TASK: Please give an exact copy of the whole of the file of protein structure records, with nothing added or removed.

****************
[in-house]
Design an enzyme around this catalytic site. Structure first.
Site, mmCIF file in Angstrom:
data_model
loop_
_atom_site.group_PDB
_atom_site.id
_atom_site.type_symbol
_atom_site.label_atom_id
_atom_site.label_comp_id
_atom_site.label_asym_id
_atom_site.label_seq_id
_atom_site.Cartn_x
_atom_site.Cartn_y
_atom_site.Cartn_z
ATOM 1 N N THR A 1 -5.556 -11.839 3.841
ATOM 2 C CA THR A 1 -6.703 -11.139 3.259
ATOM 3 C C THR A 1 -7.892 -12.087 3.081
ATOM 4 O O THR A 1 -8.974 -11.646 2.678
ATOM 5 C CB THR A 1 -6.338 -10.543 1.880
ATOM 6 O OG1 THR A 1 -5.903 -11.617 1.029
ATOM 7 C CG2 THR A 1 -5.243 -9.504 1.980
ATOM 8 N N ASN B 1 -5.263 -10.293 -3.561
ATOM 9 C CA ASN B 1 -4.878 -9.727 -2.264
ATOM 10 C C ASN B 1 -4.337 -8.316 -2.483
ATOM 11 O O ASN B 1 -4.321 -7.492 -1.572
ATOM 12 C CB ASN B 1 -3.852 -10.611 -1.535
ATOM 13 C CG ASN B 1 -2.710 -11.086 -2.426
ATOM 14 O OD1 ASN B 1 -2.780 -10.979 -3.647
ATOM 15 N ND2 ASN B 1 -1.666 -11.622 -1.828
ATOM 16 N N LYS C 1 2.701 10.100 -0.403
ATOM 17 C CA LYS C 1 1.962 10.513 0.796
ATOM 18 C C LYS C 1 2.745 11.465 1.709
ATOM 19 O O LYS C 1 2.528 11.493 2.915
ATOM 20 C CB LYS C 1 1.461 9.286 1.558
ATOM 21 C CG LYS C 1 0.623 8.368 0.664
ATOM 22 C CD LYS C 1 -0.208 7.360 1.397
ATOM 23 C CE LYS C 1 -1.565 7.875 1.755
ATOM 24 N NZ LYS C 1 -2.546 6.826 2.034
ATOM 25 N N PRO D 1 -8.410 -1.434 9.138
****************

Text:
[in-house]
Design an enzyme around this catalytic site. Structure first.
Site, mmCIF file in Angstrom:
data_model
loop_
_atom_site.group_PDB
_atom_site.id
_atom_site.type_symbol
_atom_site.label_atom_id
_atom_site.label_comp_id
_atom_site.label_asym_id
_atom_site.label_seq_id
_atom_site.Cartn_x
_atom_site.Cartn_y
_atom_site.Cartn_z
ATOM 1 N N THR A 1 -5.556 -11.839 3.841
ATOM 2 C CA THR A 1 -6.703 -11.139 3.259
ATOM 3 C C THR A 1 -7.892 -12.087 3.081
ATOM 4 O O THR A 1 -8.974 -11.646 2.678
ATOM 5 C CB THR A 1 -6.338 -10.543 1.880
ATOM 6 O OG1 THR A 1 -5.903 -11.617 1.029
ATOM 7 C CG2 THR A 1 -5.243 -9.504 1.980
ATOM 8 N N ASN B 1 -5.263 -10.293 -3.561
ATOM 9 C CA ASN B 1 -4.878 -9.727 -2.264
ATOM 10 C C ASN B 1 -4.337 -8.316 -2.483
ATOM 11 O O ASN B 1 -4.321 -7.492 -1.572
ATOM 12 C CB ASN B 1 -3.852 -10.611 -1.535
ATOM 13 C CG ASN B 1 -2.710 -11.086 -2.426
ATOM 14 O OD1 ASN B 1 -2.780 -10.979 -3.647
ATOM 15 N ND2 ASN B 1 -1.666 -11.622 -1.828
ATOM 16 N N LYS C 1 2.701 10.100 -0.403
ATOM 17 C CA LYS C 1 1.962 10.513 0.796
ATOM 18 C C LYS C 1 2.745 11.465 1.709
ATOM 19 O O LYS C 1 2.528 11.493 2.915
ATOM 20 C CB LYS C 1 1.461 9.286 1.558
ATOM 21 C CG LYS C 1 0.623 8.368 0.664
ATOM 22 C CD LYS C 1 -0.208 7.360 1.397
ATOM 23 C CE LYS C 1 -1.565 7.875 1.755
ATOM 24 N NZ LYS C 1 -2.546 6.826 2.034
ATOM 25 N N PRO D 1 -8.410 -1.434 9.138